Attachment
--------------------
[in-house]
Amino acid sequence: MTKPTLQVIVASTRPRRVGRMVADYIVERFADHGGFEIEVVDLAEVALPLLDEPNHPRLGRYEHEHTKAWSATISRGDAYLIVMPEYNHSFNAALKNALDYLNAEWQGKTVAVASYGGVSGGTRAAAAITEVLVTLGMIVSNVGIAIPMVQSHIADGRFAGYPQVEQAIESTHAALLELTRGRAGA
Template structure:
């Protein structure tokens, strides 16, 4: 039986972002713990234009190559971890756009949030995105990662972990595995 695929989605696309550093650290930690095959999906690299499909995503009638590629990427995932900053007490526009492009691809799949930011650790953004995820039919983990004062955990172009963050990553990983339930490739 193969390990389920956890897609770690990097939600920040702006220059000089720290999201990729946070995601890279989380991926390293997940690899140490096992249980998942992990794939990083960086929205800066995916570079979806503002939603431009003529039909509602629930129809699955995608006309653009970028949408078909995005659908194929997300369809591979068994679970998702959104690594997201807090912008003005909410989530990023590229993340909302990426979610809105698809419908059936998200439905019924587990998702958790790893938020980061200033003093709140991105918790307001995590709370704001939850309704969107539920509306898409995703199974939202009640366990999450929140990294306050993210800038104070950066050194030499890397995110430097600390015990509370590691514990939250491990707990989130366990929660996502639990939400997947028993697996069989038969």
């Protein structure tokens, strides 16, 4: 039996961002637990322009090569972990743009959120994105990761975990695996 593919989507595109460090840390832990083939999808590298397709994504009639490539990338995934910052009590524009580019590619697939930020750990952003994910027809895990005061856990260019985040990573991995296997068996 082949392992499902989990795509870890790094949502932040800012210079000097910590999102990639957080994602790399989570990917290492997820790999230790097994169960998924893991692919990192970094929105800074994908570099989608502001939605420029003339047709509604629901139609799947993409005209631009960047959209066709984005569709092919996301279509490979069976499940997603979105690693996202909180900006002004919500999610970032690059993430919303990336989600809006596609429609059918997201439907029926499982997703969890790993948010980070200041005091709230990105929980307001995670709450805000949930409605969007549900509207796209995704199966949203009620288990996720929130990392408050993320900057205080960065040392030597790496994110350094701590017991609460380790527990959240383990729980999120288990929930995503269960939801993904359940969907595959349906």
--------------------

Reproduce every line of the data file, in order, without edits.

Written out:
[in-house]
Amino acid sequence: MTKPTLQVIVASTRPRRVGRMVADYIVERFADHGGFEIEVVDLAEVALPLLDEPNHPRLGRYEHEHTKAWSATISRGDAYLIVMPEYNHSFNAALKNALDYLNAEWQGKTVAVASYGGVSGGTRAAAAITEVLVTLGMIVSNVGIAIPMVQSHIADGRFAGYPQVEQAIESTHAALLELTRGRAGA
Template structure:
């Protein structure tokens, strides 16, 4: 039986972002713990234009190559971890756009949030995105990662972990595995 695929989605696309550093650290930690095959999906690299499909995503009638590629990427995932900053007490526009492009691809799949930011650790953004995820039919983990004062955990172009963050990553990983339930490739 193969390990389920956890897609770690990097939600920040702006220059000089720290999201990729946070995601890279989380991926390293997940690899140490096992249980998942992990794939990083960086929205800066995916570079979806503002939603431009003529039909509602629930129809699955995608006309653009970028949408078909995005659908194929997300369809591979068994679970998702959104690594997201807090912008003005909410989530990023590229993340909302990426979610809105698809419908059936998200439905019924587990998702958790790893938020980061200033003093709140991105918790307001995590709370704001939850309704969107539920509306898409995703199974939202009640366990999450929140990294306050993210800038104070950066050194030499890397995110430097600390015990509370590691514990939250491990707990989130366990929660996502639990939400997947028993697996069989038969």
């Protein structure tokens, strides 16, 4: 039996961002637990322009090569972990743009959120994105990761975990695996 593919989507595109460090840390832990083939999808590298397709994504009639490539990338995934910052009590524009580019590619697939930020750990952003994910027809895990005061856990260019985040990573991995296997068996 082949392992499902989990795509870890790094949502932040800012210079000097910590999102990639957080994602790399989570990917290492997820790999230790097994169960998924893991692919990192970094929105800074994908570099989608502001939605420029003339047709509604629901139609799947993409005209631009960047959209066709984005569709092919996301279509490979069976499940997603979105690693996202909180900006002004919500999610970032690059993430919303990336989600809006596609429609059918997201439907029926499982997703969890790993948010980070200041005091709230990105929980307001995670709450805000949930409605969007549900509207796209995704199966949203009620288990996720929130990392408050993320900057205080960065040392030597790496994110350094701590017991609460380790527990959240383990729980999120288990929930995503269960939801993904359940969907595959349906």